The root partition of my Ubuntu 704 Server Virtual Machine was only 5GB and was filling up regularly. Incresing the size is quite complex as you have to increase the size of the VMWare disk file, then increase the size of the file system partition within the disk file. Here are the steps I went through and a few hints and tips along the way.
1. On the host system, increase size of VMWare disk files
(I added the VMWare folder to my PATH first)
D:\VMWare\ubuntu704server>vmware-vdiskmanager -x 10GB Ubuntu.vmdk
I also changed the file type to dynamically extend (that’s the -t 0), which renames the file in the process. This is an optional step as it can affect the performance of the VM.
D:\VMWare\ubuntu704server>vmware-vdiskmanager -r Ubuntu.vmdk -t 0 Ubuntu-000001.vmdk
2. Download the latest gparted livecd and save to host’s file system
gparted is a GUI tool for manipulating partitions. I tried a number of different tools before the gparted livecd, including qtparted on the latest Knoppix livecd. With the Knoppix qtparted, the resize option was continually greyed out. I did some digging and it seems the underlying parted didn’t like whatever Ubuntu do to the ext3 file system, so any tools on top (such as qtparted) can’t resize. The gparted livecd worked perfectly so I didn’t investigate further.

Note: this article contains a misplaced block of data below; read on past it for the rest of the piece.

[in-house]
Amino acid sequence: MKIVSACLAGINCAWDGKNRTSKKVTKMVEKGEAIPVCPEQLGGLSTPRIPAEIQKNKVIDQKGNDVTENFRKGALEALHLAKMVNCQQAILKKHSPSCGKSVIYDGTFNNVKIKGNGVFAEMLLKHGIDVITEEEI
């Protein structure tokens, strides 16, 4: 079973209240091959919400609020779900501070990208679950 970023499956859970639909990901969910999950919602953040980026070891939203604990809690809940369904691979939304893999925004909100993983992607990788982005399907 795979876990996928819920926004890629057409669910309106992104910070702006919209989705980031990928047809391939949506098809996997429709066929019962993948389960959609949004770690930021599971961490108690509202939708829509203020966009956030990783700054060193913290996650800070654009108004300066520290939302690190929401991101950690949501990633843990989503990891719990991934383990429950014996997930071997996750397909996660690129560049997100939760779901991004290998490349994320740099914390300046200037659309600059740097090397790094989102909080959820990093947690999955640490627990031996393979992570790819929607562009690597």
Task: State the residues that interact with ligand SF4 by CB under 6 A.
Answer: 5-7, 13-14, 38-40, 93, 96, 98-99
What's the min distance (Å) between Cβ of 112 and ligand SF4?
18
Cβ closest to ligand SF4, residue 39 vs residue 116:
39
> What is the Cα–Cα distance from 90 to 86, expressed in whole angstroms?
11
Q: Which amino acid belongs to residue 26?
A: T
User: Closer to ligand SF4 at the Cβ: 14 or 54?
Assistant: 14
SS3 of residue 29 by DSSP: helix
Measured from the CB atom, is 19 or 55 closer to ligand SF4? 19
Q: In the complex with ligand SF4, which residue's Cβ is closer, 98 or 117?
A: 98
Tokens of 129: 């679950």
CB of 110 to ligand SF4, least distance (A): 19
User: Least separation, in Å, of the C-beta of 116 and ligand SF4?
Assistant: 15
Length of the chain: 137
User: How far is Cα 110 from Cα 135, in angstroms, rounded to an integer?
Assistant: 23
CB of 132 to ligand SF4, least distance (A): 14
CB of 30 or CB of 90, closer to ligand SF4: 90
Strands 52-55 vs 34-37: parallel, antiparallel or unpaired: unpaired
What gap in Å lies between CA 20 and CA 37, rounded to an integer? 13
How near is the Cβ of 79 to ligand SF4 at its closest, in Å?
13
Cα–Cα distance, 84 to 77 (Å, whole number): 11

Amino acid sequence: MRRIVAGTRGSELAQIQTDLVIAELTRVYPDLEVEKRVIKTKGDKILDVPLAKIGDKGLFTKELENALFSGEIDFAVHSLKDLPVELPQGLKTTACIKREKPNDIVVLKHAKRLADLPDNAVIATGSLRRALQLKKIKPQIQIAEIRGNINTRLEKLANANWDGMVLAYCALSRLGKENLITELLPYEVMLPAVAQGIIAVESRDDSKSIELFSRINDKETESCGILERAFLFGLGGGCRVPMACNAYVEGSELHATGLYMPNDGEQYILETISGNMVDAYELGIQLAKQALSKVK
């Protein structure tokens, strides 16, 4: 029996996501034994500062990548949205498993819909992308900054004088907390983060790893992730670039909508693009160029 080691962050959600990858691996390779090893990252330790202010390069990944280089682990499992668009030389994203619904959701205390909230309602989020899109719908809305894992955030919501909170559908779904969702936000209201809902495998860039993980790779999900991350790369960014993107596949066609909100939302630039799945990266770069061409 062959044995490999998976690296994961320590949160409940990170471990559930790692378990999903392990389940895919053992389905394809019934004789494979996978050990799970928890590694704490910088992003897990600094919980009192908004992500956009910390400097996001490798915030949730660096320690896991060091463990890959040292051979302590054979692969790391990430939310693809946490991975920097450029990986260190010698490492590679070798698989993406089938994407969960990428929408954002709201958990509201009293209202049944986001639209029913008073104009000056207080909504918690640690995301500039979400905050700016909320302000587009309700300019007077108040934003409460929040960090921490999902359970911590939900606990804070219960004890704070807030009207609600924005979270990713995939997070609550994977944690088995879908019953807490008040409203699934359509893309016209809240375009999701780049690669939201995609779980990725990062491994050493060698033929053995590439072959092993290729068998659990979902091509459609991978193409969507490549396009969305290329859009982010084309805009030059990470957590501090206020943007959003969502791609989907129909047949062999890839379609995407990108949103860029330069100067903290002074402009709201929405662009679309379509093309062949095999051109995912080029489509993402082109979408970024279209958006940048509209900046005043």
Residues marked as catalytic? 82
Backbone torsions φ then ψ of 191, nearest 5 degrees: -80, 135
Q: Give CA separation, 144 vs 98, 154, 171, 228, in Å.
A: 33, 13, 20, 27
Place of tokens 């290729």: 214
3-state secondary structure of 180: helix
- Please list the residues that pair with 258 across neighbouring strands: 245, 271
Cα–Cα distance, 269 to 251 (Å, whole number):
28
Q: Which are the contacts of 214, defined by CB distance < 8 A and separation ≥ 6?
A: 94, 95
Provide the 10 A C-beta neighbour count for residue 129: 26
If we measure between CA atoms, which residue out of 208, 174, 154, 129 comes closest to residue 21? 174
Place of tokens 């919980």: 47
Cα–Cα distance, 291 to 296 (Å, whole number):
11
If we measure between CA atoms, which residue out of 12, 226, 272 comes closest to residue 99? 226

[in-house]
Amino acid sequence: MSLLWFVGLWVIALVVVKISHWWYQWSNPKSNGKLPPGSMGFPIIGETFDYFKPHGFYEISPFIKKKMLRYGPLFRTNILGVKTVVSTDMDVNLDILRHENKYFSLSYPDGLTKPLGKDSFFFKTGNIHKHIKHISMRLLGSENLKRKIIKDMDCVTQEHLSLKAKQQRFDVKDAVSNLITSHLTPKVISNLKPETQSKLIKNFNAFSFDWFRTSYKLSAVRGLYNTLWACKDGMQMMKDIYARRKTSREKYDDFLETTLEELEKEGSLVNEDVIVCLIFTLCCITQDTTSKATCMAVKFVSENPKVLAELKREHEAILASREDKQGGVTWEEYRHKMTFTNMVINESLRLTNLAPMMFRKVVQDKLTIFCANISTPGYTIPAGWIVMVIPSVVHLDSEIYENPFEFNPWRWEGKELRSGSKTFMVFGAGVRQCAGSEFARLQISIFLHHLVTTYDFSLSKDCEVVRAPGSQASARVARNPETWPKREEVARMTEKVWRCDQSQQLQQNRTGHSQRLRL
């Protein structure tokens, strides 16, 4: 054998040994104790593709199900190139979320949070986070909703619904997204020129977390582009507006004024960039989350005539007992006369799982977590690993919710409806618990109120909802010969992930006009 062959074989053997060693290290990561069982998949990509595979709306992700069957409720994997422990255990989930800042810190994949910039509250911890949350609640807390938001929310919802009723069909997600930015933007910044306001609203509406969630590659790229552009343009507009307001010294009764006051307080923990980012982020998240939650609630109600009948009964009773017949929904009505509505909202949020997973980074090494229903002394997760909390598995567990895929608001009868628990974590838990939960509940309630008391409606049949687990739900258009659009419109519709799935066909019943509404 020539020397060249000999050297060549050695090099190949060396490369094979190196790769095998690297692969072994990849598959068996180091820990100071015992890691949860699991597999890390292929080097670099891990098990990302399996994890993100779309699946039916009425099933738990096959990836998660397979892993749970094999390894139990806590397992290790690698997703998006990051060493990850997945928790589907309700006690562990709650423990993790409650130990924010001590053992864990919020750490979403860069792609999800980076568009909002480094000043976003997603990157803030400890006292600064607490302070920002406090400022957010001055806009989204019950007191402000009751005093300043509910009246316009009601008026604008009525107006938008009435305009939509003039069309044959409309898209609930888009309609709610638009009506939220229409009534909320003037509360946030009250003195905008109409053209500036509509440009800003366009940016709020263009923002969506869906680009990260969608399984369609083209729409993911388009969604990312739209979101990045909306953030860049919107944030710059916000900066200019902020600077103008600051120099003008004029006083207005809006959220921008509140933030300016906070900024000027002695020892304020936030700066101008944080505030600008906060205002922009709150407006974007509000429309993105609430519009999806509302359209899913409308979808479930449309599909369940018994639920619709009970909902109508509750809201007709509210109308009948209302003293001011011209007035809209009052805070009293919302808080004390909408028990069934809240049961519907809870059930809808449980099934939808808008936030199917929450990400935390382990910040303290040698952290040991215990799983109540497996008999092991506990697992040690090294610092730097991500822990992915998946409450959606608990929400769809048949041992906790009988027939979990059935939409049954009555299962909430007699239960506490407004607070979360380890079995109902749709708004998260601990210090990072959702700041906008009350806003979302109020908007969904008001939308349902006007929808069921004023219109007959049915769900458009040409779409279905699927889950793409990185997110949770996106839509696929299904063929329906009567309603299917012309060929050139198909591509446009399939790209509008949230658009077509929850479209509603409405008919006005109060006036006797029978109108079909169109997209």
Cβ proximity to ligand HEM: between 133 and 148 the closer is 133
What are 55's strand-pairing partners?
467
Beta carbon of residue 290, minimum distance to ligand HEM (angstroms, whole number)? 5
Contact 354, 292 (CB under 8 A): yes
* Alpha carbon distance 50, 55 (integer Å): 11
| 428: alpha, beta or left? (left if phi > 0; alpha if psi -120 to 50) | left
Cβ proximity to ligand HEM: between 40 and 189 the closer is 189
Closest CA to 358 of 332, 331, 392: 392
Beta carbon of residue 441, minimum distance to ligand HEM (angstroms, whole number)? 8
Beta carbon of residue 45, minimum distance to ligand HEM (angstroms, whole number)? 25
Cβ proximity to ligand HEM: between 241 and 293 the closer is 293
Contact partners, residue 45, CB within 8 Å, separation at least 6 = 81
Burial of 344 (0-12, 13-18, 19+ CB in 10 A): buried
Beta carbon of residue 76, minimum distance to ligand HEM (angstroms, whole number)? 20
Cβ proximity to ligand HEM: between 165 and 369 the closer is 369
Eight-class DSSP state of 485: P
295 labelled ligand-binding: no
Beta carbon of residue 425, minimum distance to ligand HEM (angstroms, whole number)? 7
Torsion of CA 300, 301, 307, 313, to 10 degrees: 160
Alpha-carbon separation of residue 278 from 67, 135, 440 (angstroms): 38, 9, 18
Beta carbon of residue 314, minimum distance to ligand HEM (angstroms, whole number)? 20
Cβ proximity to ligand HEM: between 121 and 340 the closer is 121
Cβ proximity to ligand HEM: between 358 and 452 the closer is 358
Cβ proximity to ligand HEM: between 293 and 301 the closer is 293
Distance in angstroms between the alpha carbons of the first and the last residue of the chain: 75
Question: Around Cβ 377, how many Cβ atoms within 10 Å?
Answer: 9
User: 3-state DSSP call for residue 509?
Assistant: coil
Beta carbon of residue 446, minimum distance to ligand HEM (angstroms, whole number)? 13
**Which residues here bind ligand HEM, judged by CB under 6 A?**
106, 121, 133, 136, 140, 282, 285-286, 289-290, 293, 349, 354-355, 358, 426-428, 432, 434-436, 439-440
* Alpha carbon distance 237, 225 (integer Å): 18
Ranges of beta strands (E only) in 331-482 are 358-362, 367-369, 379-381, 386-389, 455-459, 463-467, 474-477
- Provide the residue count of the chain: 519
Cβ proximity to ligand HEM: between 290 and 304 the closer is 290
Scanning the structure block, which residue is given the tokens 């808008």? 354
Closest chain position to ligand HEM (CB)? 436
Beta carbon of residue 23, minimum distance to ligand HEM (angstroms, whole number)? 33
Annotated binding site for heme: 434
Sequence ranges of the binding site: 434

3. In the VM settings, change the VM’s CDROM to point to the newly downloaded gparted livecd iso image
4. Boot the VM, but press Esc asap and tell the VMWare bios to boot from CD first
5. Reboot the VM into the gparted livecd
6. When it eventually loads, point gparted at the disk device (/dev/sda). Delete the swap partition (/dev/sda5) and then delete the logical partition (/dev/sda2). /dev/sda5 was “inside” /dev/sda2.
The /dev/sda5 swap partition was at the end of the original 5GB drive, but was now sitting in the middle of my 10GB. I couldn’t figure out how to move the swap back so it was just easier to drop it and recreate it after I resized the main /dev/sda1 partition.
7. Resize the 1st partition to almost fill the available space, saving 512MB for a new swap partition
8. Create a new logical partition in the available space, gparted should automatically name this /dev/sda2 when you commit changes.
9. Create a new linux-swap partition inside the /dev/sda2 partition, gparted should automatially name this /dev/sda5 when you commit changes.
10. Reboot the VM, enter the VMWare BIOS and change boot priority so that the VM will boot from it’s disk.
That’s it !